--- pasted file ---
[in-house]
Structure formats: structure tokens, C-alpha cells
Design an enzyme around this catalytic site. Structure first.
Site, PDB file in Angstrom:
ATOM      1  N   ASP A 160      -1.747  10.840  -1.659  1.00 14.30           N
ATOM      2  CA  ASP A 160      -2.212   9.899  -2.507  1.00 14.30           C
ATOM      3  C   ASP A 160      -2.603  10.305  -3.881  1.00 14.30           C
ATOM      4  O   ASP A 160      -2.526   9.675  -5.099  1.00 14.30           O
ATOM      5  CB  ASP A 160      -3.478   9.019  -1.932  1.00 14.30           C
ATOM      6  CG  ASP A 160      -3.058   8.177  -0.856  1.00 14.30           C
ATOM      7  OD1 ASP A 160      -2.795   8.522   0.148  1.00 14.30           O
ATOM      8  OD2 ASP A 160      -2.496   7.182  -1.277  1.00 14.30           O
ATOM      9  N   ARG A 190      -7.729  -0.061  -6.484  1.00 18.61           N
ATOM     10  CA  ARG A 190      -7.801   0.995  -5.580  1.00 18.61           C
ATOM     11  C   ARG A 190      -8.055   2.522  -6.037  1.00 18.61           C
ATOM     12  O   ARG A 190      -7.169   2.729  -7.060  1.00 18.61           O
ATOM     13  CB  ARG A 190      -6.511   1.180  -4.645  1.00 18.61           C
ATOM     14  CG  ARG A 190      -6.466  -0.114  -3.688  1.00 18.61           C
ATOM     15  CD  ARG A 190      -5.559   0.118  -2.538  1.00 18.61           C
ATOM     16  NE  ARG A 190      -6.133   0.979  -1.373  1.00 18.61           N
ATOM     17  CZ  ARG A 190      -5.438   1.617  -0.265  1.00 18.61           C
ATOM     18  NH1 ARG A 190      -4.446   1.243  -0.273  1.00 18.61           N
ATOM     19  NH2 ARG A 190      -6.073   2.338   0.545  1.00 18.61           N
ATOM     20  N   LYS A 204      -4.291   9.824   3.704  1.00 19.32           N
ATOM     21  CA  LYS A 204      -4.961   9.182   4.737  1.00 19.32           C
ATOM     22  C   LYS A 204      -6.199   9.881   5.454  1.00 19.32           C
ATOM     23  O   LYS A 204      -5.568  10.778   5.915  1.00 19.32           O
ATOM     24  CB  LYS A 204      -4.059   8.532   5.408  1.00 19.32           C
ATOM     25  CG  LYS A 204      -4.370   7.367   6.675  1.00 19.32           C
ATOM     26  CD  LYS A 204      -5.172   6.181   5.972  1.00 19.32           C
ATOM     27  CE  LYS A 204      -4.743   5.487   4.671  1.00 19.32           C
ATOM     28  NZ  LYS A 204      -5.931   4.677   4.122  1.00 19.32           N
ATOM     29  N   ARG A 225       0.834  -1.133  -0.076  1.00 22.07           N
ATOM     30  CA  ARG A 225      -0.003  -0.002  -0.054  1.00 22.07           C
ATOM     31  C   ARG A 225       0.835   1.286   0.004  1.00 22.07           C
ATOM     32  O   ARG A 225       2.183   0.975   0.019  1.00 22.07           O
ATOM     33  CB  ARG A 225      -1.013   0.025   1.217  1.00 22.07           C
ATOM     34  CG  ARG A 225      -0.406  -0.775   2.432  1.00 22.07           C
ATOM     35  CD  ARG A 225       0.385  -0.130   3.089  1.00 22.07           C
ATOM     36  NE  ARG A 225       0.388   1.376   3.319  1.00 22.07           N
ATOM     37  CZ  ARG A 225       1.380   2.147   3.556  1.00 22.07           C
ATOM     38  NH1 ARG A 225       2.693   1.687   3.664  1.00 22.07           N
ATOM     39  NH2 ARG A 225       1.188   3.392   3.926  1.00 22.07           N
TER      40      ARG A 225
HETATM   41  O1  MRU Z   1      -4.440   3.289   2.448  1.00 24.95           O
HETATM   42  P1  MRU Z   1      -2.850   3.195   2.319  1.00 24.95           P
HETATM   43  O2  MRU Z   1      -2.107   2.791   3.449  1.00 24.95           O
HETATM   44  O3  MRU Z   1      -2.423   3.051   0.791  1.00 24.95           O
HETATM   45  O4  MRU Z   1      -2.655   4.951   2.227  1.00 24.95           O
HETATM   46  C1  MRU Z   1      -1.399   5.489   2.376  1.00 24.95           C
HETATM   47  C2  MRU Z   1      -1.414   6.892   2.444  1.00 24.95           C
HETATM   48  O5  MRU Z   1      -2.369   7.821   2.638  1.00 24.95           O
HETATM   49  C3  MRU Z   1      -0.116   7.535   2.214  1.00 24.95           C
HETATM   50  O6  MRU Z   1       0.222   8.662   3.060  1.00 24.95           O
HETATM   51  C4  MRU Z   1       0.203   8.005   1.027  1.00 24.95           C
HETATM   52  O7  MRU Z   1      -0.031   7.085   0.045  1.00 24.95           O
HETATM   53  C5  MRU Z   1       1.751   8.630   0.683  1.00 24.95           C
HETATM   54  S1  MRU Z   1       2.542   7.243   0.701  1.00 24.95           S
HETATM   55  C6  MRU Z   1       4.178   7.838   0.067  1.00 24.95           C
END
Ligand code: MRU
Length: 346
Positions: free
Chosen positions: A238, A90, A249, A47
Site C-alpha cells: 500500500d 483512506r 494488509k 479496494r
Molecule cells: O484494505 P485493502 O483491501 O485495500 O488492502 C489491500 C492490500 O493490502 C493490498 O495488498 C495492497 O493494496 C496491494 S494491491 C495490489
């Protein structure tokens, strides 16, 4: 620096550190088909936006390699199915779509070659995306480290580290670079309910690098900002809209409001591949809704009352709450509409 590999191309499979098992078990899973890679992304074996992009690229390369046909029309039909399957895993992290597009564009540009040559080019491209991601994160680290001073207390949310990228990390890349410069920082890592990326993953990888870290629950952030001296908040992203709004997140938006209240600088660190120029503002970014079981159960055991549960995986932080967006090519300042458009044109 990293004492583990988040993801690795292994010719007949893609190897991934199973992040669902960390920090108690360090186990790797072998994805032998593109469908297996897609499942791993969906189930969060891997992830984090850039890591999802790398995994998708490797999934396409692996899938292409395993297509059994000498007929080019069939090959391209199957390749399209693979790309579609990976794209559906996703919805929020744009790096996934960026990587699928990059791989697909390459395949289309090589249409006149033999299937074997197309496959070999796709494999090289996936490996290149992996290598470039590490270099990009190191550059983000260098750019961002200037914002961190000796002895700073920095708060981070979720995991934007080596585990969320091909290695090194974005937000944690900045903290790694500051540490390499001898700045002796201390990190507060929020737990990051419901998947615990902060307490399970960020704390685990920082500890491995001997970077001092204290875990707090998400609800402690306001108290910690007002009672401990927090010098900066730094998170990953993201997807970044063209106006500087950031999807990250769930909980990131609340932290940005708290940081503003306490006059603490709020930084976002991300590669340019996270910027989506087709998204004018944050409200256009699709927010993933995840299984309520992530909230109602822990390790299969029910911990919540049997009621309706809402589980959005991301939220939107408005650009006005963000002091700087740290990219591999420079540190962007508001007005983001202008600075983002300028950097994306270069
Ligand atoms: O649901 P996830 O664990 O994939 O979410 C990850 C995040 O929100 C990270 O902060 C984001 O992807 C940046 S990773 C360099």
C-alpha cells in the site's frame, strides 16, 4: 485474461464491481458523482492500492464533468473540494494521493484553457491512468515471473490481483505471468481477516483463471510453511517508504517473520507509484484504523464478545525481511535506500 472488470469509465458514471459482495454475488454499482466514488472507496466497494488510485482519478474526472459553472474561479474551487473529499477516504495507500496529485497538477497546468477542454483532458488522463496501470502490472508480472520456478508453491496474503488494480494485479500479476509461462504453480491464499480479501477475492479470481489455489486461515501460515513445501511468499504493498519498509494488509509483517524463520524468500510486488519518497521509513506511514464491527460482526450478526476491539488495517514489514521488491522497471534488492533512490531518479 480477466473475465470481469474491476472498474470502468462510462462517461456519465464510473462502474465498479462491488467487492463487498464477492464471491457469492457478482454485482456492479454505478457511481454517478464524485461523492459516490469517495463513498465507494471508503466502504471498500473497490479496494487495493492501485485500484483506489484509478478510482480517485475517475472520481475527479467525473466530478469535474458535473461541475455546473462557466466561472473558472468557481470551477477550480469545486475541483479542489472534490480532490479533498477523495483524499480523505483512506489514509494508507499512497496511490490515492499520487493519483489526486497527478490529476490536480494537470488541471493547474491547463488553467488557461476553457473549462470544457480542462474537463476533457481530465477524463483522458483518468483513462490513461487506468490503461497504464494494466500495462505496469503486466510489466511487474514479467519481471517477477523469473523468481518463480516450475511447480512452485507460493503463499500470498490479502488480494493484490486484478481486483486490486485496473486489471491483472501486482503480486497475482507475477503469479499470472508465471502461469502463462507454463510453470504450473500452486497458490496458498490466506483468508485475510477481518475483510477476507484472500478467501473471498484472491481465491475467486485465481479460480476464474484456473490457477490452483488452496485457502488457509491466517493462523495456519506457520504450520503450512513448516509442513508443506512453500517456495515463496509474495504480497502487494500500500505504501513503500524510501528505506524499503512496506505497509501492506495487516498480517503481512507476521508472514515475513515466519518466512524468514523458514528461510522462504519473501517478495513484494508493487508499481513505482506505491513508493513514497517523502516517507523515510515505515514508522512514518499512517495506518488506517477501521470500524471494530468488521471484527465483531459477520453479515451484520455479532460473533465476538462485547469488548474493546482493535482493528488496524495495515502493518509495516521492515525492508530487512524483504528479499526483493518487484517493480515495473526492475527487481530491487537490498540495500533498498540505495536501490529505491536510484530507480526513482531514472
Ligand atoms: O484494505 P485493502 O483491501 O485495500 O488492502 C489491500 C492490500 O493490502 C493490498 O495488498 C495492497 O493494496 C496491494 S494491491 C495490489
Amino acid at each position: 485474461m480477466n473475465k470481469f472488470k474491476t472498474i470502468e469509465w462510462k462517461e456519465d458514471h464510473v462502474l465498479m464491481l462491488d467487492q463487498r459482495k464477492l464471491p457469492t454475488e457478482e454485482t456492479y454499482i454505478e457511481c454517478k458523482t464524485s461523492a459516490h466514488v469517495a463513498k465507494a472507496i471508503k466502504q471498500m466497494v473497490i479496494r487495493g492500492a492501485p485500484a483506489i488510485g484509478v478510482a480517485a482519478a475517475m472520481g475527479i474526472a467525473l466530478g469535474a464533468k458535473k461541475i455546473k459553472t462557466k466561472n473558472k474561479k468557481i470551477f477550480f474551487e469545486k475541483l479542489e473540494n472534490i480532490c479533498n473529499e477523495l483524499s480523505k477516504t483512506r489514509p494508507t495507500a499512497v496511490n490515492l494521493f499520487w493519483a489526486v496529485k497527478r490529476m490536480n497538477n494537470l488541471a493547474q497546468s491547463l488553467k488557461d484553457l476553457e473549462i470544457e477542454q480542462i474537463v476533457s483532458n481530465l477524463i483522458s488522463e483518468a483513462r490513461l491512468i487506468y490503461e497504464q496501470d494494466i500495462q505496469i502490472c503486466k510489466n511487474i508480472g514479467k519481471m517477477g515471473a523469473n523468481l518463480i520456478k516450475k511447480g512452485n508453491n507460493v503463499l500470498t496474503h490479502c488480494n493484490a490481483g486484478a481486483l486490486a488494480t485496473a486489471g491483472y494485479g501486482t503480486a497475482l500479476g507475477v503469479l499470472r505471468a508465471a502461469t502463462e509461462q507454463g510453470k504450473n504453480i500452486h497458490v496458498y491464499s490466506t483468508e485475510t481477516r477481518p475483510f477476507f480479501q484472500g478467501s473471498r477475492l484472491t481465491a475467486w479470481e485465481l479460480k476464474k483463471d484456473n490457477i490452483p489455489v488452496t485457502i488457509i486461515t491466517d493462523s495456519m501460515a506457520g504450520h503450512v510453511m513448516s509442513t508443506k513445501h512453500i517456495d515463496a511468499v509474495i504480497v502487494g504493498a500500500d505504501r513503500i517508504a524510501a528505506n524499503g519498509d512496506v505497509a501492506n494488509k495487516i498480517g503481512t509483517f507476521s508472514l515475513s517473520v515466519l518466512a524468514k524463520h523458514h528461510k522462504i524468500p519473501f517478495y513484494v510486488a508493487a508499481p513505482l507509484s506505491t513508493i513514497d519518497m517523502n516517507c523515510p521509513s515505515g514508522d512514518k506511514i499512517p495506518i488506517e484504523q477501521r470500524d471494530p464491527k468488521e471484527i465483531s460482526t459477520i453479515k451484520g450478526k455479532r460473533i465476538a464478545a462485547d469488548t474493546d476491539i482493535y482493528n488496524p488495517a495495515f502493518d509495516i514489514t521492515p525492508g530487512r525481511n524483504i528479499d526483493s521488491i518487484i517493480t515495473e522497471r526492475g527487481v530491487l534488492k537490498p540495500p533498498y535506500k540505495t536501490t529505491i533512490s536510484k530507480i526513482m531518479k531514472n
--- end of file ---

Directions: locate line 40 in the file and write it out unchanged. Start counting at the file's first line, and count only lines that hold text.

ATOM     36  NE  ARG A 225       0.388   1.376   3.319  1.00 22.07           N